‘Scream of Fear’ (1961): Nightmarish, unnerving Hammer thriller

A sensuous, suspense-filled nightmare from Hammer horror!

By Paul Mavis

Mill Creek Entertainment recently released two fab Hammer Film double features in crisp, sparkling Blu-ray transfers: Maniac and Die! Die! My Darling!, and Never Take Candy From a Stranger and Scream of Fear. We already reviewed Never Take Candy From a Stranger, so let’s look at the lush, scary Scream of Fear, starring Susan Strasberg, Ronald Lewis, Ann Todd, and Christopher Lee.

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At the chic, modernistic Nice/Cote D’Azur airport, gorgeous invalid Penny Appleby (Susan Strasberg), has come home to France after ten long years. Estranged from her wealthy father (Fred Johnson) when her parents divorced, Penny, confined to a wheelchair for the past nine years (riding accident), has returned now that her mother and her nurse/best friend have both died. Picked up—literally—by strong, handsome chauffeur Robert (Ronald Lewis), Penny is momentarily reassured by Bob’s solid presence; however, she’s troubled by his revelation that her father, being ill for some time, is not at the mansion, having left suddenly on a business matter.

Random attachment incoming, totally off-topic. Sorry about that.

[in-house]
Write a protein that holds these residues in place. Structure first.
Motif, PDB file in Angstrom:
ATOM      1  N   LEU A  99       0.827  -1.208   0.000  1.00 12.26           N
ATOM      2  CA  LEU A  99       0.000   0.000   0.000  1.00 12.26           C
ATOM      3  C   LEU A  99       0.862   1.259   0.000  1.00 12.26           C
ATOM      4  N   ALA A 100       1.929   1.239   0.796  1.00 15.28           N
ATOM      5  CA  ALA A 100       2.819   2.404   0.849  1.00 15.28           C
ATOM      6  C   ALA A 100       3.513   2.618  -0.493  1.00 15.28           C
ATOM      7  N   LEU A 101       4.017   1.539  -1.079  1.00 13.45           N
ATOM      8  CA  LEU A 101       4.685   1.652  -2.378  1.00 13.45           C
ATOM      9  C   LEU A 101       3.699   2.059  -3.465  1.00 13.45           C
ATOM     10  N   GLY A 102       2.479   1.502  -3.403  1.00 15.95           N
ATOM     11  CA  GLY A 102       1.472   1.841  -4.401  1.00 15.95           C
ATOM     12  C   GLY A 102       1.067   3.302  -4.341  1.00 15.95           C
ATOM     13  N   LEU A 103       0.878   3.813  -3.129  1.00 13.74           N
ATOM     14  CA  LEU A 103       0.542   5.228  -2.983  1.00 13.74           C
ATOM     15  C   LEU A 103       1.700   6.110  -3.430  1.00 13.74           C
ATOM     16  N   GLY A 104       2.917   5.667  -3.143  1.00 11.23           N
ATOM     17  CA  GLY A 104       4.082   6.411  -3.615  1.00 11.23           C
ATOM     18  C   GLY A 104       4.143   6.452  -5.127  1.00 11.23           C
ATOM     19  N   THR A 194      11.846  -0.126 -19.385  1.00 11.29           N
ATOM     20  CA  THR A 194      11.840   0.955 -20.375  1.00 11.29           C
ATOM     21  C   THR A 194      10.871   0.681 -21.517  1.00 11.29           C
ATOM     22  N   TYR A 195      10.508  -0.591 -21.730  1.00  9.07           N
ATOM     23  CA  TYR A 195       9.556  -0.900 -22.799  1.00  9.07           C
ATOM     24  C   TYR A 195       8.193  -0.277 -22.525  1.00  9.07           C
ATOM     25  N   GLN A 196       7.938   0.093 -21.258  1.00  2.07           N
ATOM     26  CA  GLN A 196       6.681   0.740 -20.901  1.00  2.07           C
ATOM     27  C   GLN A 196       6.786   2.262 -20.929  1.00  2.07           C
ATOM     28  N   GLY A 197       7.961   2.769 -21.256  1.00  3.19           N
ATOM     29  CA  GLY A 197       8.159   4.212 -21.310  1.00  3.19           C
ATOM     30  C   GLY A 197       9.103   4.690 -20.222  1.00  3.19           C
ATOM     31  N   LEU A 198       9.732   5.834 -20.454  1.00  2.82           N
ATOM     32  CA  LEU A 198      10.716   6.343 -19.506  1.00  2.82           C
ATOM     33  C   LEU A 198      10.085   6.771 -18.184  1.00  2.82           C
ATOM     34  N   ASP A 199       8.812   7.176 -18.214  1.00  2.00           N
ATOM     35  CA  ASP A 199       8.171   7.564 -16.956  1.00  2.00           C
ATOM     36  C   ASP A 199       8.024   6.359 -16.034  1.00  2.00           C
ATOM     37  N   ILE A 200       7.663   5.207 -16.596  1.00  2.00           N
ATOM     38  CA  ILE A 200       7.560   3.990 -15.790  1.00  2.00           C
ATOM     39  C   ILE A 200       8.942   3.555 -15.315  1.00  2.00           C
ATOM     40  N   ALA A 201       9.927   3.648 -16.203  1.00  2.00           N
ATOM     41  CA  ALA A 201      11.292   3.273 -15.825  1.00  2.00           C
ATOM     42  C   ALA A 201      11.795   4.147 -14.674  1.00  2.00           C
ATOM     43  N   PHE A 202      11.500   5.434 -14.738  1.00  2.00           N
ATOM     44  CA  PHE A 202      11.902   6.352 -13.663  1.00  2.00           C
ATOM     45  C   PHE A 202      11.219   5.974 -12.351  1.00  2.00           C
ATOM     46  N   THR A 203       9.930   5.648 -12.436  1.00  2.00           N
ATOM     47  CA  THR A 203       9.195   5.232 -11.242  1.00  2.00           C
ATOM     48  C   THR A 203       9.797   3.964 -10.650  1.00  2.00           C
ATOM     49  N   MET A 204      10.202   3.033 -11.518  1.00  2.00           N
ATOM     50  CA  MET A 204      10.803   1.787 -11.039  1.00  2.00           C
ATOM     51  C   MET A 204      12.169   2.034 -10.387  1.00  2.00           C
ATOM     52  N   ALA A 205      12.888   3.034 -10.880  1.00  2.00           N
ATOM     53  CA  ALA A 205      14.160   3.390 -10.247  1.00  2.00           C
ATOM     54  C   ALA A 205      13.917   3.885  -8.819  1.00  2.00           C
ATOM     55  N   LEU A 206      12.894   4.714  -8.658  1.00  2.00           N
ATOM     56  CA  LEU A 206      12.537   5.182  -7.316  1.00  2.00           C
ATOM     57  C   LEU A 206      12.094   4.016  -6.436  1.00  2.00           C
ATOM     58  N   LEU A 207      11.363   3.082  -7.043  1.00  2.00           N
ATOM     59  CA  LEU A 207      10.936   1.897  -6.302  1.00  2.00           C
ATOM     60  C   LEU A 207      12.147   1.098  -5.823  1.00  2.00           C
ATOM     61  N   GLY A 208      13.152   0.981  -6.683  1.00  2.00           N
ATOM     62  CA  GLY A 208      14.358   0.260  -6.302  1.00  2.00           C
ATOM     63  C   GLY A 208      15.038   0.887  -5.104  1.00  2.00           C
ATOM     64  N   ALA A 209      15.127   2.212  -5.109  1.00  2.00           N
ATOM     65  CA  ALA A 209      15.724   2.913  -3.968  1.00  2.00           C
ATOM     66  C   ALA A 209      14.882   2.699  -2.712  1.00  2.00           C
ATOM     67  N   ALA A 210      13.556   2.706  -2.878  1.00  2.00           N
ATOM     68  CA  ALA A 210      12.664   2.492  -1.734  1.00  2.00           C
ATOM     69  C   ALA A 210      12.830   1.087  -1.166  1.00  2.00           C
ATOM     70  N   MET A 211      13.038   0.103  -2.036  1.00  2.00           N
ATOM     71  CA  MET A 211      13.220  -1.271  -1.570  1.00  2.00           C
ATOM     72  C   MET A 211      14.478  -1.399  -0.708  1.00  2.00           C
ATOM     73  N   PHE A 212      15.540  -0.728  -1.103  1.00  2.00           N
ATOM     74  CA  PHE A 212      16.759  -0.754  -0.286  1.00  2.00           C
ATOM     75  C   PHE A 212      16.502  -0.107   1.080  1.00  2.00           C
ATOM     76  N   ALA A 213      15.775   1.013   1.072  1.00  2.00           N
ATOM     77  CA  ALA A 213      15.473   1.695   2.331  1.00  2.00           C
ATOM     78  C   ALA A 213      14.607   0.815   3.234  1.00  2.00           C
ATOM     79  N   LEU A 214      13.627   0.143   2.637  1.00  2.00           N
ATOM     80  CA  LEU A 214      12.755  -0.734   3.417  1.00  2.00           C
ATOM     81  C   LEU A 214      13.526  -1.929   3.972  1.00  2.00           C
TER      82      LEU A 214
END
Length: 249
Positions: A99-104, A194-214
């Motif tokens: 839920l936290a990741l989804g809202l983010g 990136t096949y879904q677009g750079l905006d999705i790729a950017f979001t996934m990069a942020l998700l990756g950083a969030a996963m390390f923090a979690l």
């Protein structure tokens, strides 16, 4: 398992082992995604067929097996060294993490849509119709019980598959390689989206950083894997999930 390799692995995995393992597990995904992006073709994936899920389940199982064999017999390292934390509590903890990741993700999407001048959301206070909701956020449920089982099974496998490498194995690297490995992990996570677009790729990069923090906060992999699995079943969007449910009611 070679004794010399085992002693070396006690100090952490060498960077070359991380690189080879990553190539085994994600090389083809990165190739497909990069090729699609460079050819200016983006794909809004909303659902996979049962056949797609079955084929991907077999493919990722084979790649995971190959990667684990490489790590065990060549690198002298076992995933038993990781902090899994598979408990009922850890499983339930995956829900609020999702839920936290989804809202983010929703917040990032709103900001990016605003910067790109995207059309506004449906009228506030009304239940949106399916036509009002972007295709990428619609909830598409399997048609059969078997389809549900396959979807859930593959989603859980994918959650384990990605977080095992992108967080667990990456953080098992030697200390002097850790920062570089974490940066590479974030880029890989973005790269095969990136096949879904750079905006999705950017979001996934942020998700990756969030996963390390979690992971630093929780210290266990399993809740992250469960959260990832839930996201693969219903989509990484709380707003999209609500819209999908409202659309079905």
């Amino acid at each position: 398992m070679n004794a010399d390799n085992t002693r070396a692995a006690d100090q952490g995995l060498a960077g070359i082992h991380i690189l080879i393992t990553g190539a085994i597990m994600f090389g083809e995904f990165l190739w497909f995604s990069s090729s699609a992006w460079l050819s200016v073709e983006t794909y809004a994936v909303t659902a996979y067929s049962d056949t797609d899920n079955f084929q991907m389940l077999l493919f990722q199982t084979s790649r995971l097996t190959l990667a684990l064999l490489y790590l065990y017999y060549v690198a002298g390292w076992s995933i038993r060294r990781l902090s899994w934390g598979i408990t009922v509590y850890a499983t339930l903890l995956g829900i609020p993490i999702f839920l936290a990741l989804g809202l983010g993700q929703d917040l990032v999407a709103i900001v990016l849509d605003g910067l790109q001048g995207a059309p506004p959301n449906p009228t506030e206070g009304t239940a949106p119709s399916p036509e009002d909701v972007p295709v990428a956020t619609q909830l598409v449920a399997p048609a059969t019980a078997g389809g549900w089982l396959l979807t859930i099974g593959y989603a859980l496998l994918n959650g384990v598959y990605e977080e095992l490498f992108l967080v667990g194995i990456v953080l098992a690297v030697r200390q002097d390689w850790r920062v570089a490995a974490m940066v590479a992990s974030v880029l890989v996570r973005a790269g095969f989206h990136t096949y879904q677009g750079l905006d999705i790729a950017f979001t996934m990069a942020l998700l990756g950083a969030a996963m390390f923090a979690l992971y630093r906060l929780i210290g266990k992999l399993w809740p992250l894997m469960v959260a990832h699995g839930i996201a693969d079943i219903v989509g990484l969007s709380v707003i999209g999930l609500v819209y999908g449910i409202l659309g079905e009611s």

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Penny’s growing uncertainty is exacerbated when she meets for the first time her step-mother, Jane Appleby (Ann Todd). Outwardly pleasant, Jane seems to be interested only in Penny’s welfare, but something’s wrong when Jane insists that Penny’s father was never ill, contradicting Bob’s account. Jane’s frequent house guest, Doctor Gerrard (Christopher Lee), a former friend of Penny’s father, seems concerned for Penny, as well…particularly after Penny freaks out one evening, insisting she saw her father’s corpse in the summer house—right before her wheelchair took a dive into the fetid, swampy swimming pool. Who’s telling the truth around the Appleby estate, and what does it mean for our wealthy, lovely—and highly vulnerable—young heiress?